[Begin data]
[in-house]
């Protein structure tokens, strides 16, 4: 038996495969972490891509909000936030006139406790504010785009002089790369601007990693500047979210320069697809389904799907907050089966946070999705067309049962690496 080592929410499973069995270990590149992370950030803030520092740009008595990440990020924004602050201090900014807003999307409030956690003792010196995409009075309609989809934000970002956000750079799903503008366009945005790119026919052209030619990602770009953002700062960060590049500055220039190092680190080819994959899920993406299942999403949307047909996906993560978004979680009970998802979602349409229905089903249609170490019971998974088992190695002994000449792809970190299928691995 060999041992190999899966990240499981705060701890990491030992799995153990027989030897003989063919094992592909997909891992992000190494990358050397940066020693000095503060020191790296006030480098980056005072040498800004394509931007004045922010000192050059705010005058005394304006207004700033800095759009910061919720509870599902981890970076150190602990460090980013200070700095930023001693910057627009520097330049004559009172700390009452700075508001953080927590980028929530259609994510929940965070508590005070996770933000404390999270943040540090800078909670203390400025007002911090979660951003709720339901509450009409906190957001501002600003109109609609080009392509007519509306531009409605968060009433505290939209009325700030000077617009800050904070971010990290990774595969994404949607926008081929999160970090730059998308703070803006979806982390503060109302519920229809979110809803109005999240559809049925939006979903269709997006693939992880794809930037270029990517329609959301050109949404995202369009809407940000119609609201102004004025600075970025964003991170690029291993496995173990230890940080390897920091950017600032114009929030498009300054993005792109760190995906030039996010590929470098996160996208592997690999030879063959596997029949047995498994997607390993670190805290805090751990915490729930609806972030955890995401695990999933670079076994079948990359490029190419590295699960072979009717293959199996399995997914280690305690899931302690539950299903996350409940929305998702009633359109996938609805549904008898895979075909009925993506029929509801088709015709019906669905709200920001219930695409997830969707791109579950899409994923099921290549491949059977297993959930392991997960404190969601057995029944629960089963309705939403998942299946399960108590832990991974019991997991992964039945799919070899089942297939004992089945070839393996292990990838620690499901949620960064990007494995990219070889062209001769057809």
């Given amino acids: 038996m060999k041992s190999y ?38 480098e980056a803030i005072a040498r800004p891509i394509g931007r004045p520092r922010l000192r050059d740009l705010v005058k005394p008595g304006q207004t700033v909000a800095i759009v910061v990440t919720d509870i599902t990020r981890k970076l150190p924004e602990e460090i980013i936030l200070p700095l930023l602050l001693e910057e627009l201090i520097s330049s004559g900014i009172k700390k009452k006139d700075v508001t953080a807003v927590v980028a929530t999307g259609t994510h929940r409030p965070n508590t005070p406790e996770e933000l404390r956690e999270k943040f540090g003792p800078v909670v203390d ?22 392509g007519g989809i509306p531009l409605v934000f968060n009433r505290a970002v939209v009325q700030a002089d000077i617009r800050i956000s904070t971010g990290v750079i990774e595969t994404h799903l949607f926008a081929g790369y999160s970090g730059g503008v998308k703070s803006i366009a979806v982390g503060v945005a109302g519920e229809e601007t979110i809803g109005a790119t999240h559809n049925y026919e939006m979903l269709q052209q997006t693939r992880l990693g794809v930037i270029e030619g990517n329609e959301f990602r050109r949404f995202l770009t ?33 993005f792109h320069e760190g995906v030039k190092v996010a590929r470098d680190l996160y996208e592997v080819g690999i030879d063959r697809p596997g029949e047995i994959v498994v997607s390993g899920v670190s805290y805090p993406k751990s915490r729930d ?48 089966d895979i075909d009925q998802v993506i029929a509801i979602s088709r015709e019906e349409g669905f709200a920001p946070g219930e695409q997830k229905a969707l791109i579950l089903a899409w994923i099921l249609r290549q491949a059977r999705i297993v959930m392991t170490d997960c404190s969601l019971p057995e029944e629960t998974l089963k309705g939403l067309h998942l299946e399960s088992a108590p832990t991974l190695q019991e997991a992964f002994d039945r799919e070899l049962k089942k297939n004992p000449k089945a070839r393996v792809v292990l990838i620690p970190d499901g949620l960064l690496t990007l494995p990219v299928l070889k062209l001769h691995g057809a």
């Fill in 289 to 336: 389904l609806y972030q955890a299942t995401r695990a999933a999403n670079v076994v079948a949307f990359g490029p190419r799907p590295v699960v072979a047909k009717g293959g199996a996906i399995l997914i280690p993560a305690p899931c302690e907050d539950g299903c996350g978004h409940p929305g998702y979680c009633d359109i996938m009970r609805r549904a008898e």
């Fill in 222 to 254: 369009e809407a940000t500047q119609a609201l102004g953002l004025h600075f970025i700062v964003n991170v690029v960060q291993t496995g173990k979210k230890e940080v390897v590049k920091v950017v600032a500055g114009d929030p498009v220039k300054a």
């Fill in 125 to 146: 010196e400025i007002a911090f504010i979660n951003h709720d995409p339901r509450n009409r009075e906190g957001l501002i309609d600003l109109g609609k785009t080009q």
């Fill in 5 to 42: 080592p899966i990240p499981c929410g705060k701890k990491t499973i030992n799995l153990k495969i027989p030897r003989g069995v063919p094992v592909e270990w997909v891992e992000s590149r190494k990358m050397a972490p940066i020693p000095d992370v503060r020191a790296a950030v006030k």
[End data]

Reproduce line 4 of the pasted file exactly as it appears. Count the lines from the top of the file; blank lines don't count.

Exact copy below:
């Fill in 289 to 336: 389904l609806y972030q955890a299942t995401r695990a999933a999403n670079v076994v079948a949307f990359g490029p190419r799907p590295v699960v072979a047909k009717g293959g199996a996906i399995l997914i280690p993560a305690p899931c302690e907050d539950g299903c996350g978004h409940p929305g998702y979680c009633d359109i996938m009970r609805r549904a008898e």